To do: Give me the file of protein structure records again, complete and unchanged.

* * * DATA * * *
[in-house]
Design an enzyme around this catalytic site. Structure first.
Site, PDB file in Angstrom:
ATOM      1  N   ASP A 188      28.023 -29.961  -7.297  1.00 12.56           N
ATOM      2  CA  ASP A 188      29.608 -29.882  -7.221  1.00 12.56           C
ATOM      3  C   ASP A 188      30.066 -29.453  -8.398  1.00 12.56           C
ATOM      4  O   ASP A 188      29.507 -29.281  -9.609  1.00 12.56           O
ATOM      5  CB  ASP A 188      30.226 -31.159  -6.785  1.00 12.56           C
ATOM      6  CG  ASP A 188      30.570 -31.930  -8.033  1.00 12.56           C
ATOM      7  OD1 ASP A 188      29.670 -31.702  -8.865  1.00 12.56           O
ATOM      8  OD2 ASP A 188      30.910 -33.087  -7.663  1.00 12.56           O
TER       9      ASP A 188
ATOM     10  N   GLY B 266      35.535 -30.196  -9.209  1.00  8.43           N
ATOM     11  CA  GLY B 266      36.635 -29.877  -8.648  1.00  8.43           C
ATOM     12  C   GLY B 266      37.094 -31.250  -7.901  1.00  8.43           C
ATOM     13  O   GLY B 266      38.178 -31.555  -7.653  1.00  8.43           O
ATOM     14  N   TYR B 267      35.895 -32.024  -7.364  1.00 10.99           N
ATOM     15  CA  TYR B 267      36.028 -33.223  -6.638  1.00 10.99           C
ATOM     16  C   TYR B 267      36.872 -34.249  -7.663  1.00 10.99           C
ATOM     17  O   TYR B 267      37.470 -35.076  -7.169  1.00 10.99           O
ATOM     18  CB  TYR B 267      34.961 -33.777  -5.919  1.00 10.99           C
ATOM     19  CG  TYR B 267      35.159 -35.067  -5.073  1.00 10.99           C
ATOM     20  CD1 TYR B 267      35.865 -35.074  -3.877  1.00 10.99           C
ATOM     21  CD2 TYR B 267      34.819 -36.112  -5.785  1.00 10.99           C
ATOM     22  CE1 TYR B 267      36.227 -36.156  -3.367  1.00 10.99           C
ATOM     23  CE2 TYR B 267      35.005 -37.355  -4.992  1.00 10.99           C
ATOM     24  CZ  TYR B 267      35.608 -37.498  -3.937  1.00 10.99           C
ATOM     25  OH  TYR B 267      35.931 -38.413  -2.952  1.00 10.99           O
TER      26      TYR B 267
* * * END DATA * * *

[in-house]
Design an enzyme around this catalytic site. Structure first.
Site, PDB file in Angstrom:
ATOM      1  N   ASP A 188      28.023 -29.961  -7.297  1.00 12.56           N
ATOM      2  CA  ASP A 188      29.608 -29.882  -7.221  1.00 12.56           C
ATOM      3  C   ASP A 188      30.066 -29.453  -8.398  1.00 12.56           C
ATOM      4  O   ASP A 188      29.507 -29.281  -9.609  1.00 12.56           O
ATOM      5  CB  ASP A 188      30.226 -31.159  -6.785  1.00 12.56           C
ATOM      6  CG  ASP A 188      30.570 -31.930  -8.033  1.00 12.56           C
ATOM      7  OD1 ASP A 188      29.670 -31.702  -8.865  1.00 12.56           O
ATOM      8  OD2 ASP A 188      30.910 -33.087  -7.663  1.00 12.56           O
TER       9      ASP A 188
ATOM     10  N   GLY B 266      35.535 -30.196  -9.209  1.00  8.43           N
ATOM     11  CA  GLY B 266      36.635 -29.877  -8.648  1.00  8.43           C
ATOM     12  C   GLY B 266      37.094 -31.250  -7.901  1.00  8.43           C
ATOM     13  O   GLY B 266      38.178 -31.555  -7.653  1.00  8.43           O
ATOM     14  N   TYR B 267      35.895 -32.024  -7.364  1.00 10.99           N
ATOM     15  CA  TYR B 267      36.028 -33.223  -6.638  1.00 10.99           C
ATOM     16  C   TYR B 267      36.872 -34.249  -7.663  1.00 10.99           C
ATOM     17  O   TYR B 267      37.470 -35.076  -7.169  1.00 10.99           O
ATOM     18  CB  TYR B 267      34.961 -33.777  -5.919  1.00 10.99           C
ATOM     19  CG  TYR B 267      35.159 -35.067  -5.073  1.00 10.99           C
ATOM     20  CD1 TYR B 267      35.865 -35.074  -3.877  1.00 10.99           C
ATOM     21  CD2 TYR B 267      34.819 -36.112  -5.785  1.00 10.99           C
ATOM     22  CE1 TYR B 267      36.227 -36.156  -3.367  1.00 10.99           C
ATOM     23  CE2 TYR B 267      35.005 -37.355  -4.992  1.00 10.99           C
ATOM     24  CZ  TYR B 267      35.608 -37.498  -3.937  1.00 10.99           C
ATOM     25  OH  TYR B 267      35.931 -38.413  -2.952  1.00 10.99           O
TER      26      TYR B 267